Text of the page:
Choice of Pope Francis for the next head of the Catholic bishops of Italy | National Catholic Register


Italian bishops will meet in Rome to choose a new leader May 23-27. The pope will then make the final choice.

VATICAN CITY — In an interview published Tuesday, Pope Francis narrowed the field of candidates to be the next president of Italy’s influential Catholic bishops’ conference.

Talk to journalists from Corriere della SeraPope Francis stressed that the next president should be “an authoritative cardinal”.

His comments appear to exclude Archbishop Domenico Battaglia of Naples from the race, starting a two-way race between Cardinal Matteo Zuppi of Bologna and Cardinal Augusto Paolo Lojudice of Siena-Colle di Val d’Elsa-Montalcino.

Italian bishops will meet in Rome to choose a new leader May 23-27. The pope will then make the final choice.

“Now the general assembly of the Italian Episcopal Conference will have to choose the new president,” the pope noted in the interview published May 3. “I try to find one who wants to make a nice change. I prefer him to be cardinal, to be authoritative.

Cardinal Zuppi and Cardinal Lojudice are of course not the only cardinals in Italy. There is also Cardinal Angelo De Donatis, papal vicar for the diocese of Rome, among others. But he seems to be out of action. Indeed, the possible appointment of Cardinal Lojudice as president would represent a sort of revenge by Pope Francis against Cardinal De Donatis.

Rumor has it that the pope wanted Cardinal Lojudice, then auxiliary bishop of the diocese of Rome, as vicar. But when the Pope launched a consultation of the priests of Rome, the vast majority of the clergy indicated that they were in favor of Cardinal De Donatis.

According to other rumors, Cardinal Lojudice is preferred to Cardinal Zuppi. These claim that Cardinal Zuppi lost some papal sympathy because of the way he applied the motu proprio Traditional custodianswhich effectively abolished the liberalization of the ancient rite of the Mass admitted by Benedict XVI.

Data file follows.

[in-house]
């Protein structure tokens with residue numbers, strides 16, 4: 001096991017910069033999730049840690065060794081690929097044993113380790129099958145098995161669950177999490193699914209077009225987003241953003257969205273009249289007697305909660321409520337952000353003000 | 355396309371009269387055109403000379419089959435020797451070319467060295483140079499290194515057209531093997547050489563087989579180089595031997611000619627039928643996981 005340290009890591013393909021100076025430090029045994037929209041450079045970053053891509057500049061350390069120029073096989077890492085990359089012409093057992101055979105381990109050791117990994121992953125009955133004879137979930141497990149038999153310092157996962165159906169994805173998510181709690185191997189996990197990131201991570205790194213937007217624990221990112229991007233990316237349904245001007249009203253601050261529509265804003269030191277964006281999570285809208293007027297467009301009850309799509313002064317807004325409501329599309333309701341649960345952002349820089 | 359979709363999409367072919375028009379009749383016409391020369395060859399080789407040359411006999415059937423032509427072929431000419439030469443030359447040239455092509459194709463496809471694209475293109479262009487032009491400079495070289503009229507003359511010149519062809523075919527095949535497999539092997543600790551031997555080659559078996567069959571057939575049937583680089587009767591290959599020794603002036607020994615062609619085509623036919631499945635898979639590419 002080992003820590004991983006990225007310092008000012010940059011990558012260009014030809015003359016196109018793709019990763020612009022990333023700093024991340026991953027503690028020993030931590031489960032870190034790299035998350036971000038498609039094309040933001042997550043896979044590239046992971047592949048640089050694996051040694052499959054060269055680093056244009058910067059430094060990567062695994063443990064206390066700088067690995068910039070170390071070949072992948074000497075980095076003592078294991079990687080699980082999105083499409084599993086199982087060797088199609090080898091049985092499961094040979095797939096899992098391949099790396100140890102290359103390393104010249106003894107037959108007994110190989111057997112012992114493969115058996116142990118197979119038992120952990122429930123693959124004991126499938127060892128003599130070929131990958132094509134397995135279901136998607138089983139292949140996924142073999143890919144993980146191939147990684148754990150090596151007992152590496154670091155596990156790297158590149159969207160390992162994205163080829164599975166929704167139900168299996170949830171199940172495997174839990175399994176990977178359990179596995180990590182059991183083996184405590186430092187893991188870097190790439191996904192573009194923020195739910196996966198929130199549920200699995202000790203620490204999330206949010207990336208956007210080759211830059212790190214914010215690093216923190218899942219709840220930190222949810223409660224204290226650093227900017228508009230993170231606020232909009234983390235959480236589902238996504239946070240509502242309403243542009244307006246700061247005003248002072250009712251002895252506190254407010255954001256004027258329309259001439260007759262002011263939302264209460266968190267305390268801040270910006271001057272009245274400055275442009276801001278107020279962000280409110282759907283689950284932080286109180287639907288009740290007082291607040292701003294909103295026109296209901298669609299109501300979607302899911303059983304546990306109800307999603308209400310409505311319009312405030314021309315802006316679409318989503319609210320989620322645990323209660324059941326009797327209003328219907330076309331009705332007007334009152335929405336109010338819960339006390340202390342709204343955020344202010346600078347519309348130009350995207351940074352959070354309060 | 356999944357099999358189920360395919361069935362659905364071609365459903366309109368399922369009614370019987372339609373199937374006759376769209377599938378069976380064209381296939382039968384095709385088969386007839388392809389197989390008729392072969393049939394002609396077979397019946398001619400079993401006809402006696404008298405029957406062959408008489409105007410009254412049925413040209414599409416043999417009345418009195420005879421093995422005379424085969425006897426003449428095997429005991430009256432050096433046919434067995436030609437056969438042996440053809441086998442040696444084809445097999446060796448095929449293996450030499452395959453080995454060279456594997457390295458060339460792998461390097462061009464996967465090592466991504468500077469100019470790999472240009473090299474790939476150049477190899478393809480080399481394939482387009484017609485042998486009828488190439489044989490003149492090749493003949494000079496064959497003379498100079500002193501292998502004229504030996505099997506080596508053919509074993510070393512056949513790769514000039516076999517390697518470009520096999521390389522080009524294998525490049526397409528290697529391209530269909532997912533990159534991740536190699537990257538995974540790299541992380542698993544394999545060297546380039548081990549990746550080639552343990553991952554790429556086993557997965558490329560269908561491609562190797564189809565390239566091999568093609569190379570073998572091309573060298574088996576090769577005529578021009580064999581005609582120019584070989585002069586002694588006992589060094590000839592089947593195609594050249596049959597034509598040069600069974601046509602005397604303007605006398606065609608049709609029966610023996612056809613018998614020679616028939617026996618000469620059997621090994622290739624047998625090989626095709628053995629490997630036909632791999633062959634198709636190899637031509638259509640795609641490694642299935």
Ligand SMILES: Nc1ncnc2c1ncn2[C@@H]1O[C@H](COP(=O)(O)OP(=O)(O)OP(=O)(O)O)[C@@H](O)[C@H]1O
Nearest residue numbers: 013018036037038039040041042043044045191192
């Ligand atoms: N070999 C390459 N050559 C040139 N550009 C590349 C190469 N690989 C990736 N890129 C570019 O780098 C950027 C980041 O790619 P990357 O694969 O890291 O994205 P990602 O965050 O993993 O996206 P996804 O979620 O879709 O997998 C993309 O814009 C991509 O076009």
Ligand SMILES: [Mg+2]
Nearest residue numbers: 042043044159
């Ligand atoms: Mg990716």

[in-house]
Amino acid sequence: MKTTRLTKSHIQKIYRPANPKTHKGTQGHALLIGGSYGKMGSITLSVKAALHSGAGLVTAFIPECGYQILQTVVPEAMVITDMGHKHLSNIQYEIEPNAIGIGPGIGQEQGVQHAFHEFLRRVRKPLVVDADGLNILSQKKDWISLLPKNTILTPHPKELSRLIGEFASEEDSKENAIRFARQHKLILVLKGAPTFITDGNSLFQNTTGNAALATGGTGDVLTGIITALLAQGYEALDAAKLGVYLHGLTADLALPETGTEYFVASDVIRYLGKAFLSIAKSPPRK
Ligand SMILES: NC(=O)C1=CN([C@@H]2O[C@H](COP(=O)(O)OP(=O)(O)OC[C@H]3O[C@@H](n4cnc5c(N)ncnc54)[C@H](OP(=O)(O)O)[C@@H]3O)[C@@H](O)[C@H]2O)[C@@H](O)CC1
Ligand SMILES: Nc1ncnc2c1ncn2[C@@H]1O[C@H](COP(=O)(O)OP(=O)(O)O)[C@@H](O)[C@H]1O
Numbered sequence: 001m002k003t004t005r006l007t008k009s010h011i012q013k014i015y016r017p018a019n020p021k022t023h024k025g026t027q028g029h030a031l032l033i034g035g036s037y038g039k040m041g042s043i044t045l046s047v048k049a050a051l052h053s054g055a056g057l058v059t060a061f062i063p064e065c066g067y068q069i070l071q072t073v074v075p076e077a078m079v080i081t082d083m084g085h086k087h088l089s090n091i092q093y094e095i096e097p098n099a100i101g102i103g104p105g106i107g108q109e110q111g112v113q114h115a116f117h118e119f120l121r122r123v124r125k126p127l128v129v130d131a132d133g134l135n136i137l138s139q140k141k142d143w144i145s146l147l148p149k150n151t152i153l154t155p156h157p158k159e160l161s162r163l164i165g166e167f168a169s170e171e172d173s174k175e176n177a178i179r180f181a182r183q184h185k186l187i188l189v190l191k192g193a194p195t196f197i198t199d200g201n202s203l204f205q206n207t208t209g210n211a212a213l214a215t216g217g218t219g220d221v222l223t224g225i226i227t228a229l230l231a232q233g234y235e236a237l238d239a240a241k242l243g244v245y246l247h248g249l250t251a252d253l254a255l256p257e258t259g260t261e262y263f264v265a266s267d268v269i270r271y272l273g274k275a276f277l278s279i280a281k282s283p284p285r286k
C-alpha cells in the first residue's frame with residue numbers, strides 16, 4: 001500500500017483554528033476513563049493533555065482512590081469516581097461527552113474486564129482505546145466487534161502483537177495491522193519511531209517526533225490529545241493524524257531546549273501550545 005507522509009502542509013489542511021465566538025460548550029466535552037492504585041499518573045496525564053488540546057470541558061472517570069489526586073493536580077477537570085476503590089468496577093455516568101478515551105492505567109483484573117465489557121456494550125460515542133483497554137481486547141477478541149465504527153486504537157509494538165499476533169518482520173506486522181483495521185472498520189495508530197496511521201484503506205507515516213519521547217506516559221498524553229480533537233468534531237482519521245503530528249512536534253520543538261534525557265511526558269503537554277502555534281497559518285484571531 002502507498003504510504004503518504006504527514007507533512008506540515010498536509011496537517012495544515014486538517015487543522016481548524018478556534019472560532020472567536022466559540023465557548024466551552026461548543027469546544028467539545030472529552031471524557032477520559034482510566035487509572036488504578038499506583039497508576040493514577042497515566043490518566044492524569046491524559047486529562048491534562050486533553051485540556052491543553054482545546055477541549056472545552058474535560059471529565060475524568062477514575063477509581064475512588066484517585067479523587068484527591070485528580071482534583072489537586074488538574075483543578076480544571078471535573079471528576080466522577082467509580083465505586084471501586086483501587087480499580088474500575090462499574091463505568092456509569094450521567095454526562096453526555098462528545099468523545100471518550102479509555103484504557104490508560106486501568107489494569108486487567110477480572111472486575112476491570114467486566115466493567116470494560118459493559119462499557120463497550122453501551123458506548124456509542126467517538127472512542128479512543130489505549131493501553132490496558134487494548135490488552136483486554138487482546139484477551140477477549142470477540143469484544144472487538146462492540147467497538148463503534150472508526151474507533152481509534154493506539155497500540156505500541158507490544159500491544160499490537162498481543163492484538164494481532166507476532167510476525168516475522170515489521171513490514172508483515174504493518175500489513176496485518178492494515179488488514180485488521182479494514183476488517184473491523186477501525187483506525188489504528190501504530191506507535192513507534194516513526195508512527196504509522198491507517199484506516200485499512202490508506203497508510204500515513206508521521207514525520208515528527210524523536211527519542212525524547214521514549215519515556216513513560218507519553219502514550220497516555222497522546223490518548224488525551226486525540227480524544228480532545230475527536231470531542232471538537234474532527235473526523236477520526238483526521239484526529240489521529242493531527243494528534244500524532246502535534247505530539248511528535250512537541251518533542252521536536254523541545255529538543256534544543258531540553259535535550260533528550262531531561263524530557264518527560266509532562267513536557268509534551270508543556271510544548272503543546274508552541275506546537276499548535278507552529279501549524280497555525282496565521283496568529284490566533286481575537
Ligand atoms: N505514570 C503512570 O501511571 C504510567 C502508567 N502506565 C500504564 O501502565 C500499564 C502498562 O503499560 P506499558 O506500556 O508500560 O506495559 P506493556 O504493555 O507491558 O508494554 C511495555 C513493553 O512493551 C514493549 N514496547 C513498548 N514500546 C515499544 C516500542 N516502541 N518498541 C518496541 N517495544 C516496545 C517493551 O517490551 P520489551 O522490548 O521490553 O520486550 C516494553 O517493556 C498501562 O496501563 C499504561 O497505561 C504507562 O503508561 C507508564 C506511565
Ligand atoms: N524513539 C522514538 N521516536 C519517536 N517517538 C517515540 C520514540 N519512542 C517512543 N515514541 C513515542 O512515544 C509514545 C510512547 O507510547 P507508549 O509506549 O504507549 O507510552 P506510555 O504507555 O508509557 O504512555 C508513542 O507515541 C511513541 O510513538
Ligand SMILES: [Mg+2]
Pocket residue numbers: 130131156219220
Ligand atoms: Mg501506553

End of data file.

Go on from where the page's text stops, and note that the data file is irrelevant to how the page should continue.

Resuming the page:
Unlike many other bishops, Cardinal Zuppi offered a freer interpretation of the decree within his archdiocese, allowing traditional Mass celebrations with the only limitation of having to find a church that was not also a parish for the celebration.

While other bishops applied the pope’s provisions to the letter, the 66-year-old cardinal adopted a more conciliatory position. At the papal residence, Casa Santa Marta, it is rumored that rumors that Cardinal Zuppi was acting in preparation for a future conclave have reached the ears of Pope Francis. This probably reduced the Pope’s sympathy for the Archbishop of Bologna, who has strong ties to the influential Sant’Egidio community.

On the other hand, the Pope’s sympathies for Cardinal Lojudice would remain firm. The 57-year-old is considered an “archbishop of the lesser” and the pope has made him a cardinal even though he does not lead an archdiocese traditionally associated with a red hat.

Unlike Cardinal Zuppi, who makes appearances on Italian television programs, Cardinal Lojudice remained more isolated and less visible, which would have increased the pope’s esteem for him.

The Italian episcopal conference does not finally elect its president since the pope, as bishop of Rome, is the primate of Italy. Pope Francis had asked the Italian bishops to adopt a new statute that would allow them to elect the president themselves, but the bishops preferred to leave the final choice to the pope.

As part of a compromise, the bishops present the list of three candidates with the most votes to the pope, who then chooses between the three or opts for another candidate entirely.

The pope’s indications in his interview will be interpreted as a guideline from which the bishops are unlikely to deviate. A bishop told CNA that “the election will take place as usual: the pope will specify who he wants us to elect, and we will vote for them.”

In the interview, Pope Francis hinted that in addition to a new president, there will also be a new secretary for the Italian episcopal conference. The pope said he hopes the new president “will have the opportunity to choose the secretary, that he can say: I want to work with this person.”

Therefore, the mandate of Bishop Stefano Russo, who had served as secretary of the Italian Episcopal Conference since 2018, seems to have come to an end. His mandate is due to expire in 2023, but he could be removed from office as soon as the next general meeting ends. Pope Francis could therefore assign him to the pastoral curia of a diocese. So, perhaps, also of the Archdiocese of Perugia-Città della Pieve.

The current archbishop of this archdiocese, Cardinal Gualtiero Bassetti, is the outgoing president of the Italian episcopal conference. Cardinal Bassetti turned 80 on April 7 and his successor as president will emerge after this month’s general assembly.


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